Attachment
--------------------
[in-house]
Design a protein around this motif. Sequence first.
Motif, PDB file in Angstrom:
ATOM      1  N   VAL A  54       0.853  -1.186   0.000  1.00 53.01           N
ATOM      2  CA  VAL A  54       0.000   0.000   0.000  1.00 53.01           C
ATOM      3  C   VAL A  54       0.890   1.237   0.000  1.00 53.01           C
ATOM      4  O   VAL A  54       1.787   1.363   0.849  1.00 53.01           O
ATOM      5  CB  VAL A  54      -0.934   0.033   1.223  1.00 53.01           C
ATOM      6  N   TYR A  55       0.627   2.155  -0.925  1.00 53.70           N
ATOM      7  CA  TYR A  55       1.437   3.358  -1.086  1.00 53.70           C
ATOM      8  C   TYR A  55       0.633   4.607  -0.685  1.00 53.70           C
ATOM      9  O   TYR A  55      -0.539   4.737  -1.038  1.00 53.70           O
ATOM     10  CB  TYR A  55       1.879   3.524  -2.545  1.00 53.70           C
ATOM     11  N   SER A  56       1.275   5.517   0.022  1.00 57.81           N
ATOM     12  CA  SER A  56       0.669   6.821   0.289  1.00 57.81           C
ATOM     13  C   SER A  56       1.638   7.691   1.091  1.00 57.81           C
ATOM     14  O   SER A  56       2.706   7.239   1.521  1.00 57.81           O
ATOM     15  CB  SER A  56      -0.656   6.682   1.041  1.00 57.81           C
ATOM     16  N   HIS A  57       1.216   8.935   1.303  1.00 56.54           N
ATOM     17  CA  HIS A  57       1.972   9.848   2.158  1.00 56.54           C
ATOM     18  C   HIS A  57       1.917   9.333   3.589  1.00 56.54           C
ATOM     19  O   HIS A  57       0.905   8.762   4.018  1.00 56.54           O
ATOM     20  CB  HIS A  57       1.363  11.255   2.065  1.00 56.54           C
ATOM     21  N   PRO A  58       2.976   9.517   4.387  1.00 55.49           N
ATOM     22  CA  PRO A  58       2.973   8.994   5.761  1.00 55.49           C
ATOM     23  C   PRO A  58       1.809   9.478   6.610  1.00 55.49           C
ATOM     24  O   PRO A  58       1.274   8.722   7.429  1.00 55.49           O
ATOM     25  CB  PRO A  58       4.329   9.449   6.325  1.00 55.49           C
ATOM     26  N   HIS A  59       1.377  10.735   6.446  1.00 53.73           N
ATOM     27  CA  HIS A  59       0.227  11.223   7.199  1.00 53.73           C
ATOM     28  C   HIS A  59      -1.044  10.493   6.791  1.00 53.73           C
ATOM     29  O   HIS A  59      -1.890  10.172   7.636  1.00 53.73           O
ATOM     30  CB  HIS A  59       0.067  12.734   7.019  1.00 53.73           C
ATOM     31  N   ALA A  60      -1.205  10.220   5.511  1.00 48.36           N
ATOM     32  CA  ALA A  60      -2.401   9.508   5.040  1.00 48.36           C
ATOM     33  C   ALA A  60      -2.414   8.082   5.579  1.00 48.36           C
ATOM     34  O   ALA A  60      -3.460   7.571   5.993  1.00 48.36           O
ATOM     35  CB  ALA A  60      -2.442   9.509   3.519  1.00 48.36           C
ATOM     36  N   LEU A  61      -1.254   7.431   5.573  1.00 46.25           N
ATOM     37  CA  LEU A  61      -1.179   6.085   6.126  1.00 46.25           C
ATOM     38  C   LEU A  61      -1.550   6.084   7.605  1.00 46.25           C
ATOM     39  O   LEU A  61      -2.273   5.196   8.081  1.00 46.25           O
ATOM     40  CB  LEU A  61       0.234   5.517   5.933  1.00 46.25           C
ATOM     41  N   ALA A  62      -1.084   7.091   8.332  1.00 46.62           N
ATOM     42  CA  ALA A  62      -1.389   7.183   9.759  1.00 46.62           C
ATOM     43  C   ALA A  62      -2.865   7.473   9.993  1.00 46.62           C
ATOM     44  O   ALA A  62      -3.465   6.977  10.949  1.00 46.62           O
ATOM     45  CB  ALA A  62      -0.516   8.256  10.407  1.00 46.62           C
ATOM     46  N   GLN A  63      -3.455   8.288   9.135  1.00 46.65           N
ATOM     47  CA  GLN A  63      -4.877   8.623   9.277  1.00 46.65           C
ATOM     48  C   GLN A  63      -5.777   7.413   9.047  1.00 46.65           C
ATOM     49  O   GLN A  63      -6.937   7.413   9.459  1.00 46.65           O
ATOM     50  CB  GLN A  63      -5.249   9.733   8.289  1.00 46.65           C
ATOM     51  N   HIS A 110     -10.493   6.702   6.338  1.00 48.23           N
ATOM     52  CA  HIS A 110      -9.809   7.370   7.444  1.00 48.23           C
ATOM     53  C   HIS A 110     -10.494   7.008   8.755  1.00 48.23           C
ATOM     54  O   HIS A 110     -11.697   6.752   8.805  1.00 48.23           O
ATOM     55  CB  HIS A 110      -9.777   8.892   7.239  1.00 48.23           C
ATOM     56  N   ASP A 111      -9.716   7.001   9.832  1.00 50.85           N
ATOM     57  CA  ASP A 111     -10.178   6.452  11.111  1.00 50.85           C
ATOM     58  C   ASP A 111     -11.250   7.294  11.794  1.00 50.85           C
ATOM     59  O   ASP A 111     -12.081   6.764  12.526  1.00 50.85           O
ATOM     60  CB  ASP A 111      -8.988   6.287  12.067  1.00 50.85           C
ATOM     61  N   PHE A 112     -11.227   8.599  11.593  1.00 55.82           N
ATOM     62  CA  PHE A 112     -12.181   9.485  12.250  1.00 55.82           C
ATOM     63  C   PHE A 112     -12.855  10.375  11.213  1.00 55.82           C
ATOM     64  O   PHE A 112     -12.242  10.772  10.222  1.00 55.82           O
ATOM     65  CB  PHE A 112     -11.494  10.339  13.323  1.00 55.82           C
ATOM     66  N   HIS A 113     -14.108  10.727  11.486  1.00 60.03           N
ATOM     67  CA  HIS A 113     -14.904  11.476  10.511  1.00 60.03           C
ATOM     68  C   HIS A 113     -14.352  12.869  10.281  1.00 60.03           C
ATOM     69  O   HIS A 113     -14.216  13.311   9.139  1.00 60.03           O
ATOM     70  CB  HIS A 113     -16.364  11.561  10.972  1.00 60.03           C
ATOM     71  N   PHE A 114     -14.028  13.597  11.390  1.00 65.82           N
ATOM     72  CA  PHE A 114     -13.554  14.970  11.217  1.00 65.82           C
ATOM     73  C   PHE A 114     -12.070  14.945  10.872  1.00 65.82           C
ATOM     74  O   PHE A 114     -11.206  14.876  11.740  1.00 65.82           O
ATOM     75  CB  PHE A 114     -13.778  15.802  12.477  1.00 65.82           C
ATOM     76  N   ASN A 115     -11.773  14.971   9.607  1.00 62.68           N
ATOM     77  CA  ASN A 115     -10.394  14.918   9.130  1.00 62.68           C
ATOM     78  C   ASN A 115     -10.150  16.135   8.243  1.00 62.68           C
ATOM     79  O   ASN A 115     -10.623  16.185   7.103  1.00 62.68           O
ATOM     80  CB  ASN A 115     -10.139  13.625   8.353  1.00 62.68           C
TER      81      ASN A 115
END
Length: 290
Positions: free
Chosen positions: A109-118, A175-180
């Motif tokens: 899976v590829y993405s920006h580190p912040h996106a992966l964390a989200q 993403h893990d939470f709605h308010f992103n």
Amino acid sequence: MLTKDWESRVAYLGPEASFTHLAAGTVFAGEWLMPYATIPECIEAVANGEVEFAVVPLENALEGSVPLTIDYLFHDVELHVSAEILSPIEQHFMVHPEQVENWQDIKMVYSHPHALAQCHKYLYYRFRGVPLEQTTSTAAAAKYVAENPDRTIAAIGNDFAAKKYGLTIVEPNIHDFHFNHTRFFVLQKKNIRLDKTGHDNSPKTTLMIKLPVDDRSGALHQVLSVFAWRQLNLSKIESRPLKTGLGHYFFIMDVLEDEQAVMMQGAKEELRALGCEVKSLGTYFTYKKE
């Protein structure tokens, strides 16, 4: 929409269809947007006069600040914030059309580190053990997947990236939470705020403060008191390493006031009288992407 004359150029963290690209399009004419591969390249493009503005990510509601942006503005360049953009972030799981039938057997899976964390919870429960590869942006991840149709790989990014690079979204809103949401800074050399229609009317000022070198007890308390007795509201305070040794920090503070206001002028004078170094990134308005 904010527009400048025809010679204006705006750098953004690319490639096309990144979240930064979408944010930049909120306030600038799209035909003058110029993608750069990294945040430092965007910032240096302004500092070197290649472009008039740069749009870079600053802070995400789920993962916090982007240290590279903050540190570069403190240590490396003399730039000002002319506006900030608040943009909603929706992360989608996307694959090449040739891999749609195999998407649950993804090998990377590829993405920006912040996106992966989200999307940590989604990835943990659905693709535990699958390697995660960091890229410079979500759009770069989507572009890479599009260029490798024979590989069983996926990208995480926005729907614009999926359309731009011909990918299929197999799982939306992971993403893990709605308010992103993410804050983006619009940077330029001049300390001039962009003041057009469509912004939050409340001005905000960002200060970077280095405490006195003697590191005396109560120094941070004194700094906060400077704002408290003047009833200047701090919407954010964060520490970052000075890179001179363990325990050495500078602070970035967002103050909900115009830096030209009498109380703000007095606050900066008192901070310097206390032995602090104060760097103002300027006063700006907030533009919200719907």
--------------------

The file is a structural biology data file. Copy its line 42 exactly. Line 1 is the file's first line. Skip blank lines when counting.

ATOM     39  O   LEU A  61      -2.273   5.196   8.081  1.00 46.25           O